July 11, 2017
Children enter kindergarten with a wide variety of previous education experiences: some have participated in pre-K programs, whether private, state-funded, or part of Head Start, while others have spent time in a family child care setting or in informal arrangements with family, friends, and neighbors. Regardless of the setting, the transition to kindergarten can be fraught with stress and uncertainty for many children and their parents. While the planning of a stable, well-connected transition between early education and kindergarten falls largely within the purview of individual schools and districts, states can actively encourage intentional, local efforts to smooth transitions to kindergarten.
Today, the Early & Elementary Education policy team released Connecting the Steps: State Strategies to Ease the Transition from Pre-K to Kindergarten, which profiles efforts in four states to smooth the transition process. The states highlighted in the report are Colorado, Oregon, Washington, and West Virginia. These states came to our attention as we reviewed research on the transition to kindergarten and spoke to experts in the field. Each state has taken actions to address the difficulties that often arise in the transition to kindergarten. In this brief, we describe the steps each state has taken and discuss the opportunities and challenges with their various approaches.
The brief offers several recommendations for states to help facilitate district and school actions to improve the transition between pre-K and kindergarten:
Use ESSA funds to finance transition activities.
Provide tools and guidance to assist in local planning of transition activities.
Consider establishing a grant program to incentive districts to prioritize transitions.
Bring directors and principals together to help improve transitions and alignment between early learning and elementary school settings.
One particularly innovative approach to improving the transition process is taking place in Washington. In order to improve collaboration with early learning providers, Child Care Aware of Washington, the Office of Superintendent of Public Instruction, and the Department of Early Learning has worked together to start the “Bridging Communities and Making Connections” program.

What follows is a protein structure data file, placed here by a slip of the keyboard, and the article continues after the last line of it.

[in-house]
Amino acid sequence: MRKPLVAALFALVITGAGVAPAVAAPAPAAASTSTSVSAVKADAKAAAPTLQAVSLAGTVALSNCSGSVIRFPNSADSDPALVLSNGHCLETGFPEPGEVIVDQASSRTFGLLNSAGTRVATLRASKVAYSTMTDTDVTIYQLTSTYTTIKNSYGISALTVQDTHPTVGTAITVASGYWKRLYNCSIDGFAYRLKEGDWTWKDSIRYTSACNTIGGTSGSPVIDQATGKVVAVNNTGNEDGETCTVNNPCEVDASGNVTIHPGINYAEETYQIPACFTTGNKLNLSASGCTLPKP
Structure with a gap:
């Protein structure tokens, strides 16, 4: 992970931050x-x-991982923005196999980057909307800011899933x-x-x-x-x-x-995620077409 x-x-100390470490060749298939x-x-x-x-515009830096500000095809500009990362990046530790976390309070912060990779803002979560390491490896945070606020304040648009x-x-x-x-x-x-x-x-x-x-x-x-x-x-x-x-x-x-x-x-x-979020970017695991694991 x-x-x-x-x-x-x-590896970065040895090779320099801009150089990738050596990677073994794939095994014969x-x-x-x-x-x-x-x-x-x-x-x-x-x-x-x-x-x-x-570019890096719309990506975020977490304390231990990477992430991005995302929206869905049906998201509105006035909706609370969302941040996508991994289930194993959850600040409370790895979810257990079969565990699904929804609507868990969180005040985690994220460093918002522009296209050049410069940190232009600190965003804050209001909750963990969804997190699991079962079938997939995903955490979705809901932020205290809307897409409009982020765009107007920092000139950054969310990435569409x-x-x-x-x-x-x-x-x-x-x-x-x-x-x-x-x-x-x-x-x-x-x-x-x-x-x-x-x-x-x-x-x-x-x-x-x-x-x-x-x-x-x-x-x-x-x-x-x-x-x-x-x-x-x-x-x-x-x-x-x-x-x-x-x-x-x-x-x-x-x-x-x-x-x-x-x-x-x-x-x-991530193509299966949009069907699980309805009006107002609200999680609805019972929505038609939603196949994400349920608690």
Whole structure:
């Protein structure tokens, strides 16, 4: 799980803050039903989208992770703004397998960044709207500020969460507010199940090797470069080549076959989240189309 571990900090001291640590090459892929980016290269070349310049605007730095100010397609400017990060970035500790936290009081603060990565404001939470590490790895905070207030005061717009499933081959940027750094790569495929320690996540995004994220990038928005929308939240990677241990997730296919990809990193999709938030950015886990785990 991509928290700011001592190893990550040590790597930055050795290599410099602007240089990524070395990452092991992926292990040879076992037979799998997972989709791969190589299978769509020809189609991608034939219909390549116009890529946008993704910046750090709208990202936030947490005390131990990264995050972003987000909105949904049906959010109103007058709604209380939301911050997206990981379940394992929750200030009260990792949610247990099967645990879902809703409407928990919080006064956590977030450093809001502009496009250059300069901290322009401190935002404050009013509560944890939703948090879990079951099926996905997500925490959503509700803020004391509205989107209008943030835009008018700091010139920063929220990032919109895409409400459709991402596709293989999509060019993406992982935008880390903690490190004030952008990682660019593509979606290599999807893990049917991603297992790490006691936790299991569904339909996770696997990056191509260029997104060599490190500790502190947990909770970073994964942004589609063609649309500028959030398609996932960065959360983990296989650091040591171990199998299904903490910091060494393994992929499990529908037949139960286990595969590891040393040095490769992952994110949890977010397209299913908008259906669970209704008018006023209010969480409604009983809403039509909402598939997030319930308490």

This program allows elementary school principals throughout the state to submit a data request form to receive a report of licensed child care providers in their area. Principals receive a list of local child care providers and regional Child Care Aware of Washington offices provide follow-up resources and services to facilitate communication between the providers and elementary school principals. Child Care Aware produces about 200–250 individual reports in response to principal requests each year. By building connections between early learning providers and local principals, the program helps principals form relationships with the families of incoming students prior to the start of kindergarten.
Each approach profiled in the brief offers its own unique benefits and challenges, and it will be up to individual states to decide which one makes the most sense for their population of students and families. Whether states approach this work by enacting specific legislation and policies (West Virginia and Washington), establishing a grant program (Oregon), or developing a streamlined data system (Colorado), the key takeaway is that states must be engaged in the process of helping districts and schools make the transition to kindergarten less difficult for children and families.